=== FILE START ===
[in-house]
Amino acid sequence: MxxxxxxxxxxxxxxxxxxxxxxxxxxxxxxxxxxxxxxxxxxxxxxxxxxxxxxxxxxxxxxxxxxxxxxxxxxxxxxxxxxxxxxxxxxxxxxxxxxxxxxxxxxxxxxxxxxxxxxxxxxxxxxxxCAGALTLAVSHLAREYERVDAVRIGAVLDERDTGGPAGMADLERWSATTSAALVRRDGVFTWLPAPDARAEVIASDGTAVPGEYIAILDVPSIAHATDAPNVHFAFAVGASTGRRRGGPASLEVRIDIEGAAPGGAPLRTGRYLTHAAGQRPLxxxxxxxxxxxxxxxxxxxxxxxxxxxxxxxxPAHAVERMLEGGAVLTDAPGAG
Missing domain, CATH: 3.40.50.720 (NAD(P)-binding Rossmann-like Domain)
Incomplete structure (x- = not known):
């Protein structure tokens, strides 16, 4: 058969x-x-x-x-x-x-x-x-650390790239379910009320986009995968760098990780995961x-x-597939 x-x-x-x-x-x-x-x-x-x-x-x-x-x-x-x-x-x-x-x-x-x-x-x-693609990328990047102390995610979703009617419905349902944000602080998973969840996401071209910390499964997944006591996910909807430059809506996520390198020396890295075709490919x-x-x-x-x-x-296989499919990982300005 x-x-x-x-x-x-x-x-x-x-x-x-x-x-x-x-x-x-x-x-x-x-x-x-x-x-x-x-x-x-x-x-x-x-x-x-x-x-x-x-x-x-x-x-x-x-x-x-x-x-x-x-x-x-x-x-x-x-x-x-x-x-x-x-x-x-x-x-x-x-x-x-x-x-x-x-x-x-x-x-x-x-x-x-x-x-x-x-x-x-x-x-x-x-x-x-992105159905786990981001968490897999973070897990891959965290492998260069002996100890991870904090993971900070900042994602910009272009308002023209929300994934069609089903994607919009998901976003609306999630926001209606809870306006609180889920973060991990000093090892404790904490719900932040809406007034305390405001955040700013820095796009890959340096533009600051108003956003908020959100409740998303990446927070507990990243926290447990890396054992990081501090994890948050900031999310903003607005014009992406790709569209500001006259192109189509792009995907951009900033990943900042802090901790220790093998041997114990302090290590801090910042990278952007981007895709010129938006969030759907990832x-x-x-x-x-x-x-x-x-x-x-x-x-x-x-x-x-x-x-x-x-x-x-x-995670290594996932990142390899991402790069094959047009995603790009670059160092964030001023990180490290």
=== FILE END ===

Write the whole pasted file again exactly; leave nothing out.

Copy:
[in-house]
Amino acid sequence: MxxxxxxxxxxxxxxxxxxxxxxxxxxxxxxxxxxxxxxxxxxxxxxxxxxxxxxxxxxxxxxxxxxxxxxxxxxxxxxxxxxxxxxxxxxxxxxxxxxxxxxxxxxxxxxxxxxxxxxxxxxxxxxxxCAGALTLAVSHLAREYERVDAVRIGAVLDERDTGGPAGMADLERWSATTSAALVRRDGVFTWLPAPDARAEVIASDGTAVPGEYIAILDVPSIAHATDAPNVHFAFAVGASTGRRRGGPASLEVRIDIEGAAPGGAPLRTGRYLTHAAGQRPLxxxxxxxxxxxxxxxxxxxxxxxxxxxxxxxxPAHAVERMLEGGAVLTDAPGAG
Missing domain, CATH: 3.40.50.720 (NAD(P)-binding Rossmann-like Domain)
Incomplete structure (x- = not known):
């Protein structure tokens, strides 16, 4: 058969x-x-x-x-x-x-x-x-650390790239379910009320986009995968760098990780995961x-x-597939 x-x-x-x-x-x-x-x-x-x-x-x-x-x-x-x-x-x-x-x-x-x-x-x-693609990328990047102390995610979703009617419905349902944000602080998973969840996401071209910390499964997944006591996910909807430059809506996520390198020396890295075709490919x-x-x-x-x-x-296989499919990982300005 x-x-x-x-x-x-x-x-x-x-x-x-x-x-x-x-x-x-x-x-x-x-x-x-x-x-x-x-x-x-x-x-x-x-x-x-x-x-x-x-x-x-x-x-x-x-x-x-x-x-x-x-x-x-x-x-x-x-x-x-x-x-x-x-x-x-x-x-x-x-x-x-x-x-x-x-x-x-x-x-x-x-x-x-x-x-x-x-x-x-x-x-x-x-x-x-992105159905786990981001968490897999973070897990891959965290492998260069002996100890991870904090993971900070900042994602910009272009308002023209929300994934069609089903994607919009998901976003609306999630926001209606809870306006609180889920973060991990000093090892404790904490719900932040809406007034305390405001955040700013820095796009890959340096533009600051108003956003908020959100409740998303990446927070507990990243926290447990890396054992990081501090994890948050900031999310903003607005014009992406790709569209500001006259192109189509792009995907951009900033990943900042802090901790220790093998041997114990302090290590801090910042990278952007981007895709010129938006969030759907990832x-x-x-x-x-x-x-x-x-x-x-x-x-x-x-x-x-x-x-x-x-x-x-x-995670290594996932990142390899991402790069094959047009995603790009670059160092964030001023990180490290």